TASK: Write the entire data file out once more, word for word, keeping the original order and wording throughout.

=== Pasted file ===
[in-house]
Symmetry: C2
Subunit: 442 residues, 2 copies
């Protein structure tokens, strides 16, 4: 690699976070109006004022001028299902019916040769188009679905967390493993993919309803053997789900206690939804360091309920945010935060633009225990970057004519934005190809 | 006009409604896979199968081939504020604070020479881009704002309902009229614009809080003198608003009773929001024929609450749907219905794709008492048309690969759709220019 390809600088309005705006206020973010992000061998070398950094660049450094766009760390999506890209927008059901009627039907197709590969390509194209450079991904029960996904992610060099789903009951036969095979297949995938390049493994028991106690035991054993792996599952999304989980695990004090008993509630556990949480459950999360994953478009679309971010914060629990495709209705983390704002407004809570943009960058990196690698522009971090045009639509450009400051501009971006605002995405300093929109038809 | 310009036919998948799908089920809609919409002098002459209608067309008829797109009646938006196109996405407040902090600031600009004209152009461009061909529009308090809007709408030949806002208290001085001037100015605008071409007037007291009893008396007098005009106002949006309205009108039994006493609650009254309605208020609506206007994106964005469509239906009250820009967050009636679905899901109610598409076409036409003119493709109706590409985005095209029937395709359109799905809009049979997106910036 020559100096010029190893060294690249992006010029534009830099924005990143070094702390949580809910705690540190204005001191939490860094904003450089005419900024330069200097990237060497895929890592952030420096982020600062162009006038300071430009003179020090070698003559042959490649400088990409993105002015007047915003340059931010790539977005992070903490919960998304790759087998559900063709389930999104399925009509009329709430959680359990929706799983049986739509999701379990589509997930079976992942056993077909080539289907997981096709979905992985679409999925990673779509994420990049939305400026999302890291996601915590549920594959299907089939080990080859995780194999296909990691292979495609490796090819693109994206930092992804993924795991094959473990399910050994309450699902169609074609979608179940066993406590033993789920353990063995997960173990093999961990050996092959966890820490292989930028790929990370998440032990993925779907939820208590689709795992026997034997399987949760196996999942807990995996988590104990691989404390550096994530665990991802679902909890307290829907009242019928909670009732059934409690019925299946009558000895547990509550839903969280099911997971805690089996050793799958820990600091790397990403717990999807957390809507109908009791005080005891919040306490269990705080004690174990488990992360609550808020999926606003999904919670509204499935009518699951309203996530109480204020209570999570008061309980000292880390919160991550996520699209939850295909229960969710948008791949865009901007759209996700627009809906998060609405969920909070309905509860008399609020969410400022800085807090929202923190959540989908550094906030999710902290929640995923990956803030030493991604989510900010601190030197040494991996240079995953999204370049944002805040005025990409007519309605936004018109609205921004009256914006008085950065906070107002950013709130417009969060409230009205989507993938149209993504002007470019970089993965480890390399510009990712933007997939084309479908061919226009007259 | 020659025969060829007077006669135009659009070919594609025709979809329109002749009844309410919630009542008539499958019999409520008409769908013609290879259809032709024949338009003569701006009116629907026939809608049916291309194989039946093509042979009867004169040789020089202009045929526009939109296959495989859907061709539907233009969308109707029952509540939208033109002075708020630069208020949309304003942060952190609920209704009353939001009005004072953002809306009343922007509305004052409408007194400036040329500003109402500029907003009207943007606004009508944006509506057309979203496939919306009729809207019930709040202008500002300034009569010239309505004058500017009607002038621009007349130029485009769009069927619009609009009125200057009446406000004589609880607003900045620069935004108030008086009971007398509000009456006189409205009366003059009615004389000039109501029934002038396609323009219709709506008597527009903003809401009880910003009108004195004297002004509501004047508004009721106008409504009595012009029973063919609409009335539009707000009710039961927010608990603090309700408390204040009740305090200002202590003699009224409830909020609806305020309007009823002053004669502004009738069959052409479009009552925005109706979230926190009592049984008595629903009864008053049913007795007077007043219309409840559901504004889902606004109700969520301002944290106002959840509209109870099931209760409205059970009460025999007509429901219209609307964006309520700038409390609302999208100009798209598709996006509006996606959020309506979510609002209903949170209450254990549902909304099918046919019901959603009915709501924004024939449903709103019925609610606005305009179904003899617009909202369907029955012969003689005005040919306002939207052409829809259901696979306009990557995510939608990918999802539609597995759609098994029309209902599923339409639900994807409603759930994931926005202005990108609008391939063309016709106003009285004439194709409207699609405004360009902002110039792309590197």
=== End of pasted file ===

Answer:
[in-house]
Symmetry: C2
Subunit: 442 residues, 2 copies
């Protein structure tokens, strides 16, 4: 690699976070109006004022001028299902019916040769188009679905967390493993993919309803053997789900206690939804360091309920945010935060633009225990970057004519934005190809 | 006009409604896979199968081939504020604070020479881009704002309902009229614009809080003198608003009773929001024929609450749907219905794709008492048309690969759709220019 390809600088309005705006206020973010992000061998070398950094660049450094766009760390999506890209927008059901009627039907197709590969390509194209450079991904029960996904992610060099789903009951036969095979297949995938390049493994028991106690035991054993792996599952999304989980695990004090008993509630556990949480459950999360994953478009679309971010914060629990495709209705983390704002407004809570943009960058990196690698522009971090045009639509450009400051501009971006605002995405300093929109038809 | 310009036919998948799908089920809609919409002098002459209608067309008829797109009646938006196109996405407040902090600031600009004209152009461009061909529009308090809007709408030949806002208290001085001037100015605008071409007037007291009893008396007098005009106002949006309205009108039994006493609650009254309605208020609506206007994106964005469509239906009250820009967050009636679905899901109610598409076409036409003119493709109706590409985005095209029937395709359109799905809009049979997106910036 020559100096010029190893060294690249992006010029534009830099924005990143070094702390949580809910705690540190204005001191939490860094904003450089005419900024330069200097990237060497895929890592952030420096982020600062162009006038300071430009003179020090070698003559042959490649400088990409993105002015007047915003340059931010790539977005992070903490919960998304790759087998559900063709389930999104399925009509009329709430959680359990929706799983049986739509999701379990589509997930079976992942056993077909080539289907997981096709979905992985679409999925990673779509994420990049939305400026999302890291996601915590549920594959299907089939080990080859995780194999296909990691292979495609490796090819693109994206930092992804993924795991094959473990399910050994309450699902169609074609979608179940066993406590033993789920353990063995997960173990093999961990050996092959966890820490292989930028790929990370998440032990993925779907939820208590689709795992026997034997399987949760196996999942807990995996988590104990691989404390550096994530665990991802679902909890307290829907009242019928909670009732059934409690019925299946009558000895547990509550839903969280099911997971805690089996050793799958820990600091790397990403717990999807957390809507109908009791005080005891919040306490269990705080004690174990488990992360609550808020999926606003999904919670509204499935009518699951309203996530109480204020209570999570008061309980000292880390919160991550996520699209939850295909229960969710948008791949865009901007759209996700627009809906998060609405969920909070309905509860008399609020969410400022800085807090929202923190959540989908550094906030999710902290929640995923990956803030030493991604989510900010601190030197040494991996240079995953999204370049944002805040005025990409007519309605936004018109609205921004009256914006008085950065906070107002950013709130417009969060409230009205989507993938149209993504002007470019970089993965480890390399510009990712933007997939084309479908061919226009007259 | 020659025969060829007077006669135009659009070919594609025709979809329109002749009844309410919630009542008539499958019999409520008409769908013609290879259809032709024949338009003569701006009116629907026939809608049916291309194989039946093509042979009867004169040789020089202009045929526009939109296959495989859907061709539907233009969308109707029952509540939208033109002075708020630069208020949309304003942060952190609920209704009353939001009005004072953002809306009343922007509305004052409408007194400036040329500003109402500029907003009207943007606004009508944006509506057309979203496939919306009729809207019930709040202008500002300034009569010239309505004058500017009607002038621009007349130029485009769009069927619009609009009125200057009446406000004589609880607003900045620069935004108030008086009971007398509000009456006189409205009366003059009615004389000039109501029934002038396609323009219709709506008597527009903003809401009880910003009108004195004297002004509501004047508004009721106008409504009595012009029973063919609409009335539009707000009710039961927010608990603090309700408390204040009740305090200002202590003699009224409830909020609806305020309007009823002053004669502004009738069959052409479009009552925005109706979230926190009592049984008595629903009864008053049913007795007077007043219309409840559901504004889902606004109700969520301002944290106002959840509209109870099931209760409205059970009460025999007509429901219209609307964006309520700038409390609302999208100009798209598709996006509006996606959020309506979510609002209903949170209450254990549902909304099918046919019901959603009915709501924004024939449903709103019925609610606005305009179904003899617009909202369907029955012969003689005005040919306002939207052409829809259901696979306009990557995510939608990918999802539609597995759609098994029309209902599923339409639900994807409603759930994931926005202005990108609008391939063309016709106003009285004439194709409207699609405004360009902002110039792309590197």